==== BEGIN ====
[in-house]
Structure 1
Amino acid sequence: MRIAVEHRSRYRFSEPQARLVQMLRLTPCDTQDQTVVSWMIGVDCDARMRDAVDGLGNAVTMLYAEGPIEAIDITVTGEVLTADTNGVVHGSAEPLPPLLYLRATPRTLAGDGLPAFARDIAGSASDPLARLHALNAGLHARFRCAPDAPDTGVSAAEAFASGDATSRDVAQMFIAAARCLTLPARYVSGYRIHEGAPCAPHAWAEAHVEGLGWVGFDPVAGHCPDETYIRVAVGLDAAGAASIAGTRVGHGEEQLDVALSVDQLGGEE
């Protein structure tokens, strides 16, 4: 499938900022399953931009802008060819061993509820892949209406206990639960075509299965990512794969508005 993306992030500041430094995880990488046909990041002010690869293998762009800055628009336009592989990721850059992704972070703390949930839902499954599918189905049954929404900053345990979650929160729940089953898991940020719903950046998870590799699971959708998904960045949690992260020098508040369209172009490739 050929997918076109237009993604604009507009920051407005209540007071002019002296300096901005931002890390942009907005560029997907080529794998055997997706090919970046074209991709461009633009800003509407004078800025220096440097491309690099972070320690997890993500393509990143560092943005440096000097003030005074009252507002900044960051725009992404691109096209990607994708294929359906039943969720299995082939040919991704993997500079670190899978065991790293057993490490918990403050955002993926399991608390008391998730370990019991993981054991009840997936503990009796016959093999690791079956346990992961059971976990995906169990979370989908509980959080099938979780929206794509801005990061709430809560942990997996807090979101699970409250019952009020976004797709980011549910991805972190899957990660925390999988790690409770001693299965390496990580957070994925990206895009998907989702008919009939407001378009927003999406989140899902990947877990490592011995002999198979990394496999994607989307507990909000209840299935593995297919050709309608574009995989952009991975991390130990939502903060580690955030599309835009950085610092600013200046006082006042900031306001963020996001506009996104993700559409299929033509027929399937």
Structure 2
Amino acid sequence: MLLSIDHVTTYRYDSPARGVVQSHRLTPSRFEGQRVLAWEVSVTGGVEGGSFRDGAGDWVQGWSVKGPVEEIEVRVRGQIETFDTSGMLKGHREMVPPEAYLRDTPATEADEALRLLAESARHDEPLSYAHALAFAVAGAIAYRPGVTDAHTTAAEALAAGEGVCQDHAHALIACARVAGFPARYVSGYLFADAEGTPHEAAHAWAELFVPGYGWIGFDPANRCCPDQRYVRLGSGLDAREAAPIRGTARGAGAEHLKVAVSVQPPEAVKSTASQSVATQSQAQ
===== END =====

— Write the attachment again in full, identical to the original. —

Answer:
[in-house]
Structure 1
Amino acid sequence: MRIAVEHRSRYRFSEPQARLVQMLRLTPCDTQDQTVVSWMIGVDCDARMRDAVDGLGNAVTMLYAEGPIEAIDITVTGEVLTADTNGVVHGSAEPLPPLLYLRATPRTLAGDGLPAFARDIAGSASDPLARLHALNAGLHARFRCAPDAPDTGVSAAEAFASGDATSRDVAQMFIAAARCLTLPARYVSGYRIHEGAPCAPHAWAEAHVEGLGWVGFDPVAGHCPDETYIRVAVGLDAAGAASIAGTRVGHGEEQLDVALSVDQLGGEE
């Protein structure tokens, strides 16, 4: 499938900022399953931009802008060819061993509820892949209406206990639960075509299965990512794969508005 993306992030500041430094995880990488046909990041002010690869293998762009800055628009336009592989990721850059992704972070703390949930839902499954599918189905049954929404900053345990979650929160729940089953898991940020719903950046998870590799699971959708998904960045949690992260020098508040369209172009490739 050929997918076109237009993604604009507009920051407005209540007071002019002296300096901005931002890390942009907005560029997907080529794998055997997706090919970046074209991709461009633009800003509407004078800025220096440097491309690099972070320690997890993500393509990143560092943005440096000097003030005074009252507002900044960051725009992404691109096209990607994708294929359906039943969720299995082939040919991704993997500079670190899978065991790293057993490490918990403050955002993926399991608390008391998730370990019991993981054991009840997936503990009796016959093999690791079956346990992961059971976990995906169990979370989908509980959080099938979780929206794509801005990061709430809560942990997996807090979101699970409250019952009020976004797709980011549910991805972190899957990660925390999988790690409770001693299965390496990580957070994925990206895009998907989702008919009939407001378009927003999406989140899902990947877990490592011995002999198979990394496999994607989307507990909000209840299935593995297919050709309608574009995989952009991975991390130990939502903060580690955030599309835009950085610092600013200046006082006042900031306001963020996001506009996104993700559409299929033509027929399937």
Structure 2
Amino acid sequence: MLLSIDHVTTYRYDSPARGVVQSHRLTPSRFEGQRVLAWEVSVTGGVEGGSFRDGAGDWVQGWSVKGPVEEIEVRVRGQIETFDTSGMLKGHREMVPPEAYLRDTPATEADEALRLLAESARHDEPLSYAHALAFAVAGAIAYRPGVTDAHTTAAEALAAGEGVCQDHAHALIACARVAGFPARYVSGYLFADAEGTPHEAAHAWAELFVPGYGWIGFDPANRCCPDQRYVRLGSGLDAREAAPIRGTARGAGAEHLKVAVSVQPPEAVKSTASQSVATQSQAQ